Lycopene is the carotenoid which gives tomato its red colour. It has various health benefits which include the protection of cells from free radicals, inhibition of growth or prevention of some cancers and a reduction in the risk of cardiovascular diseases. Studies have also shown that lycopene (in conjunction with vitamin A) has a rather therapeutic effect on asthma thereby reducing symptoms that occur as a result of exercise by improving lung function. More information concerning lycopene and asthma can be found here.
Vitamin K is popularly known as the vitamin which aids in reducing blood loss due to injury. Vitamin K also acts to reduce and control blood clotting and prevent internal bleeding as well as provide relief from menstrual cramps by aiding in the proper functioning of hormones. This vitamin promotes the absorption of calcium which in turn encourages the formation and maintenance of strong and healthy bones.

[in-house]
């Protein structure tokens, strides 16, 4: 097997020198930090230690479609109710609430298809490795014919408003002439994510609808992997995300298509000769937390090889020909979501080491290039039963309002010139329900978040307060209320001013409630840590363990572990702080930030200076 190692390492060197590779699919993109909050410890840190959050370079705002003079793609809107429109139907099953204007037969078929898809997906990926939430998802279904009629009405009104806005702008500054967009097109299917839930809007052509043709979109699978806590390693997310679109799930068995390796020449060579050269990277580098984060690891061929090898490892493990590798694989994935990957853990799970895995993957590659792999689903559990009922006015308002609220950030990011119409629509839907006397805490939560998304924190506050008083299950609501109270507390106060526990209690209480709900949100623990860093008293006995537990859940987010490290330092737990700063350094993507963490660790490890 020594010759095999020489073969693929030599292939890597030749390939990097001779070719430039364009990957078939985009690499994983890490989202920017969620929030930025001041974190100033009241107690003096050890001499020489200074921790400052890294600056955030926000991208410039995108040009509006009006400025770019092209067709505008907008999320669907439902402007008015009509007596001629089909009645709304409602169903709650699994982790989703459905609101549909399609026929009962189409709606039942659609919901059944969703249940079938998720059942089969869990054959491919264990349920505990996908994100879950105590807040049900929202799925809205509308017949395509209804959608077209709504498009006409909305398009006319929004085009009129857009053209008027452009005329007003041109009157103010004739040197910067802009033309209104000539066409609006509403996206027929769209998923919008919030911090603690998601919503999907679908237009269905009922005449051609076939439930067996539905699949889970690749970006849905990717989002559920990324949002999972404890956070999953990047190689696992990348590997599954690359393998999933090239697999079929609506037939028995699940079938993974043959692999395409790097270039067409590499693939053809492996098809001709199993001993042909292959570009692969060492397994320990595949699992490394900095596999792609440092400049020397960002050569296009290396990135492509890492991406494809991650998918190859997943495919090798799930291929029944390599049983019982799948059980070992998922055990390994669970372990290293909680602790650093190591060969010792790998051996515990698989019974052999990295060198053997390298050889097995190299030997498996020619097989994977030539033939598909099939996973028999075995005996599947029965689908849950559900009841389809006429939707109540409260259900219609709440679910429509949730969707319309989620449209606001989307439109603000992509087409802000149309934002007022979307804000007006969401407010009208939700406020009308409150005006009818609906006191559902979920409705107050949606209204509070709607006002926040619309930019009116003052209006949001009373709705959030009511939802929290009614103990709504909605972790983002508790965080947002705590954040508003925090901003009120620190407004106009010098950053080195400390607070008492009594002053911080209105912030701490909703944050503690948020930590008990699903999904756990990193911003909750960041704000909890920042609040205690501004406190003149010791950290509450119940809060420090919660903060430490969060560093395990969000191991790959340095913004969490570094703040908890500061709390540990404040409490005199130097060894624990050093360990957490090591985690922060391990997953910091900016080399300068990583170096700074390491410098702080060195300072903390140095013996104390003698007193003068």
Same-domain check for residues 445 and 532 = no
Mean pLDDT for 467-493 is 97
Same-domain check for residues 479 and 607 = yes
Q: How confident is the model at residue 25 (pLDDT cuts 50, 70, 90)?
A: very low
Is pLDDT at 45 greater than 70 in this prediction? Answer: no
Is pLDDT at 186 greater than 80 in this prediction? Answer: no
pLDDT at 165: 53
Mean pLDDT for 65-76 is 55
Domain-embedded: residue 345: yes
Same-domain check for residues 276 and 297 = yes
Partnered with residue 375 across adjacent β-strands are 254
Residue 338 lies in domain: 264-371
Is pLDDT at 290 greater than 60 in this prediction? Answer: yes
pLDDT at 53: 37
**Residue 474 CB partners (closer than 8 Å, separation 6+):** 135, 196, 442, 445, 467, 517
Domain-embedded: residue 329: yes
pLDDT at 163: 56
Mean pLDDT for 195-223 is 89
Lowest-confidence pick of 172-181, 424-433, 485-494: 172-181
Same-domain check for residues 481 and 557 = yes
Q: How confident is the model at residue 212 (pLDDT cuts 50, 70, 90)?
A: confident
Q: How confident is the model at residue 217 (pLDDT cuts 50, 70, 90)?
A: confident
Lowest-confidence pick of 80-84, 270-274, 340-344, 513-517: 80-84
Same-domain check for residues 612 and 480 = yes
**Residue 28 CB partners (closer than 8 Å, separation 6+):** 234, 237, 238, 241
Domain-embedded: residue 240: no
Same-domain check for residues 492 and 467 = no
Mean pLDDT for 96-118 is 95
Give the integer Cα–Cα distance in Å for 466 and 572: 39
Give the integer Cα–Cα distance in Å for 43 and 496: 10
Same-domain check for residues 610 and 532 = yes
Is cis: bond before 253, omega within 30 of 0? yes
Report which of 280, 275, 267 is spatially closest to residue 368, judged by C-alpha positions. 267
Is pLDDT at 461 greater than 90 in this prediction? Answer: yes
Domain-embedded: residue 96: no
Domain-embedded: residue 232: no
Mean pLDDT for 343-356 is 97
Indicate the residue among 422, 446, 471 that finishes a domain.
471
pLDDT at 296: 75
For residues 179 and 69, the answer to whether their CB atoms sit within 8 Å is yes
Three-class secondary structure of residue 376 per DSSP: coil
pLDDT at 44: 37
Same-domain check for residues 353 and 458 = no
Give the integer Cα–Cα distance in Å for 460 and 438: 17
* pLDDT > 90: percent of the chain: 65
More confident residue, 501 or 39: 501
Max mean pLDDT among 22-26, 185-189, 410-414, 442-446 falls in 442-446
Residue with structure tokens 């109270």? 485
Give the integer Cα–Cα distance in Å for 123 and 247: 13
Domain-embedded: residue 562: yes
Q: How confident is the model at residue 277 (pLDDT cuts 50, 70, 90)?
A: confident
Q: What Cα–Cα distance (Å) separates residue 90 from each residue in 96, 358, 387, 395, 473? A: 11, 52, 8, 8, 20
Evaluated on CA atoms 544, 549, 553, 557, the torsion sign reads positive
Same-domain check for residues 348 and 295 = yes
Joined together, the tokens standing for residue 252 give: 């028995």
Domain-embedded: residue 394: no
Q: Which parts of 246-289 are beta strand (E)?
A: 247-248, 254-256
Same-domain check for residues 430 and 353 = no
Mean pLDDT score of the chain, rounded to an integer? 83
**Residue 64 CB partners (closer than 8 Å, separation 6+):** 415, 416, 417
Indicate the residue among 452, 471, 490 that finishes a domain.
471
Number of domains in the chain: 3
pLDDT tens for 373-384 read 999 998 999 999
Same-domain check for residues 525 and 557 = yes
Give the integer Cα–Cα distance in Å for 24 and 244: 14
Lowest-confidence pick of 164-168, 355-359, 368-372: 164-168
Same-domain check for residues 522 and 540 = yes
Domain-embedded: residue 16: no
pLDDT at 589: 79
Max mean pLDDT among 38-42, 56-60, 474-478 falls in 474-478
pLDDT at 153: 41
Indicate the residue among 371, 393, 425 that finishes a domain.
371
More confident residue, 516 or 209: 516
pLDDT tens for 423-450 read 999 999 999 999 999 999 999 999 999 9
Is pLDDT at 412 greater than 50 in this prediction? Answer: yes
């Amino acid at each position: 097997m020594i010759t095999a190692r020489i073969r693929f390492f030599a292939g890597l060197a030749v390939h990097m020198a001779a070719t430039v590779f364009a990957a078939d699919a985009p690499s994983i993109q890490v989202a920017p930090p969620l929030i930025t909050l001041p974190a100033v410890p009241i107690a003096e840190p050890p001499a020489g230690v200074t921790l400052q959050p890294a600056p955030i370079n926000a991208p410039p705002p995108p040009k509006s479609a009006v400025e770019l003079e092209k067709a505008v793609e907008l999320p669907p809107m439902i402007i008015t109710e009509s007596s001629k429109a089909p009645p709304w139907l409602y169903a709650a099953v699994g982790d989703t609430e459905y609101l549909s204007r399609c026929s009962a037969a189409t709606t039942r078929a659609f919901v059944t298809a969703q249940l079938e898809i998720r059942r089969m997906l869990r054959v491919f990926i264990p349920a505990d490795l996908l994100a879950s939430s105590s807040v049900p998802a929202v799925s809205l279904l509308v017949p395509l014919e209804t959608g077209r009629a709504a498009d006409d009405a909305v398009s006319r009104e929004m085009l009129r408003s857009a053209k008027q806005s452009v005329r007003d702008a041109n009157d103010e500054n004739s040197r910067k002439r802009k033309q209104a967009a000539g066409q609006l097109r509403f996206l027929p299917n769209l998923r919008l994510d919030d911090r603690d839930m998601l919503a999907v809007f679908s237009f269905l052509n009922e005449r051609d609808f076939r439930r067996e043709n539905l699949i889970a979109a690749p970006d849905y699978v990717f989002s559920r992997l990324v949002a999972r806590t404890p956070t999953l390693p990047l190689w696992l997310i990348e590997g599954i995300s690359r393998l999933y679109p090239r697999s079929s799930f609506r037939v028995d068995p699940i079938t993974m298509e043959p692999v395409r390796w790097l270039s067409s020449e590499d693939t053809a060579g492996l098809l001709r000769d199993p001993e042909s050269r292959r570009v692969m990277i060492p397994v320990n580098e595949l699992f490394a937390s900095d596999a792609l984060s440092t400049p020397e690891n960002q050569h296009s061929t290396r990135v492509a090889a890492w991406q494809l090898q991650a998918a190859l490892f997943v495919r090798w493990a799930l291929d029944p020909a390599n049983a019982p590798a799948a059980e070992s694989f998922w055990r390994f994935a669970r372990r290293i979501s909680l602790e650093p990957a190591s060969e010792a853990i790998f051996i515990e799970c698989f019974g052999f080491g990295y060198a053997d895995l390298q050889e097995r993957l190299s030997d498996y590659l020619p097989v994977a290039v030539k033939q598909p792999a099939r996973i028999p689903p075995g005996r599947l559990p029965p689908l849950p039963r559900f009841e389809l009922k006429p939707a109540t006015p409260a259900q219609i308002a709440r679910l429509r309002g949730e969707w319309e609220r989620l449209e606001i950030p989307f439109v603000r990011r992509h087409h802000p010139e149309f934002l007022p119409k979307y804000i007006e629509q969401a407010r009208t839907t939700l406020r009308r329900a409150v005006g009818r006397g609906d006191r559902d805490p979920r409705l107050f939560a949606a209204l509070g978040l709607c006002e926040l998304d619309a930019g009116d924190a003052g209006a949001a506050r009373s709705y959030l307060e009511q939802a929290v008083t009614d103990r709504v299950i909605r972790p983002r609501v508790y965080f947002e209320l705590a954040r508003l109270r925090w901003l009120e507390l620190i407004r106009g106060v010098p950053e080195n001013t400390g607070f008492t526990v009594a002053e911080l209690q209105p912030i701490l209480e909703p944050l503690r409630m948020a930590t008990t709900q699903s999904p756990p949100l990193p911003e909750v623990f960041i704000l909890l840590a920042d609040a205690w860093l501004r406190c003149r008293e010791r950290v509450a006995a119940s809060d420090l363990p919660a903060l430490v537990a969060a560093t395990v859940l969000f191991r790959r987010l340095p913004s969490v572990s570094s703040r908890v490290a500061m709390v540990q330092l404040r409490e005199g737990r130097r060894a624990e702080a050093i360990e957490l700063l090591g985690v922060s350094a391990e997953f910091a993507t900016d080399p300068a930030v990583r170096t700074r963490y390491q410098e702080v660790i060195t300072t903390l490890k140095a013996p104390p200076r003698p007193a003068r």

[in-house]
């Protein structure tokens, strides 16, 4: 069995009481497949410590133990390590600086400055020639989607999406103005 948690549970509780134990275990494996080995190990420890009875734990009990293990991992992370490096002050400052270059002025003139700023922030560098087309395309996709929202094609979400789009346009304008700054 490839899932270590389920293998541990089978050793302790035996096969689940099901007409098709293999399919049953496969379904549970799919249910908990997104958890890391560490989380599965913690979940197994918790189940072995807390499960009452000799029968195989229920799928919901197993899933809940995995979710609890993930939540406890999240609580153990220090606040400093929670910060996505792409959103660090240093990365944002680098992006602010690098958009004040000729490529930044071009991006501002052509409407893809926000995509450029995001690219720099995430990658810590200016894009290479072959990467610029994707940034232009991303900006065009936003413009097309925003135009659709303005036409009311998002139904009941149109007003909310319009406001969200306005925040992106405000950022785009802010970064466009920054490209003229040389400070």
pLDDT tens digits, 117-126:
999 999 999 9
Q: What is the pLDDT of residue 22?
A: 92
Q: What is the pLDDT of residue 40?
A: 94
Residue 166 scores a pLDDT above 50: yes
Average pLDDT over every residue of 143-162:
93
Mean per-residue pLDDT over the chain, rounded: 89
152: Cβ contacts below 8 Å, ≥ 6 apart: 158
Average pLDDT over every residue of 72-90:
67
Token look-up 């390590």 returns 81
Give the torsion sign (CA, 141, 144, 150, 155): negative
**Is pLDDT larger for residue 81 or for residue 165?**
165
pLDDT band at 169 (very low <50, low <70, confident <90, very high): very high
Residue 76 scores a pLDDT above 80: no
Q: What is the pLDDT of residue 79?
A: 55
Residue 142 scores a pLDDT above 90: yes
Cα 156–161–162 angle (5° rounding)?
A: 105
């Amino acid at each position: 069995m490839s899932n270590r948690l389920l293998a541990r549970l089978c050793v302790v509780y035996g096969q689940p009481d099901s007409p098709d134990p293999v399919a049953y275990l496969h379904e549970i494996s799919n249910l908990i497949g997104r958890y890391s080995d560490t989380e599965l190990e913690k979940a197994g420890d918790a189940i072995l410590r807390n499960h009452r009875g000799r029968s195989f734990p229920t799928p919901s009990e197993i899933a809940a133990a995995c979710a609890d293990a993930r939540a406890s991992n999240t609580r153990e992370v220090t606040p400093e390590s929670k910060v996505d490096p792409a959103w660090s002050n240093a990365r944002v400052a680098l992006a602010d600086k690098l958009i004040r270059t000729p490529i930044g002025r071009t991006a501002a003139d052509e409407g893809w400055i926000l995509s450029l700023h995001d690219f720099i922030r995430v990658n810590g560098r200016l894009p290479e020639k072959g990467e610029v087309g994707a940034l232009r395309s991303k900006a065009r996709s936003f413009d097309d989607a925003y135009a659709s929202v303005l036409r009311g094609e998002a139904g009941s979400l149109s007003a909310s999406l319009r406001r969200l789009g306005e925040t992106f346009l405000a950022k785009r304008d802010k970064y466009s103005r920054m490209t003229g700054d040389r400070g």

Phosphorus is the second most abundant mineral in the body. It works with calcium, the most profuse mineral, to form and maintain bone health and strength. This mineral also aids in the formation and utilisation of proteins in the body in order to promote cell and tissue growth and maintenance. It also aids in the metabolisation of fats and carbohydrates which, in turn, aids in the maintenance and efficient use of energy by the body’s organs. In conjunction with vitamin B, phosphorus aids in the normalisation of kidney function (by helping to filter out waste from the body), muscle function (thereby preventing or reducing muscle pains) and nerve function. Lastly, phosphorus balances and aids in the utilisation of other minerals and vitamins in the body.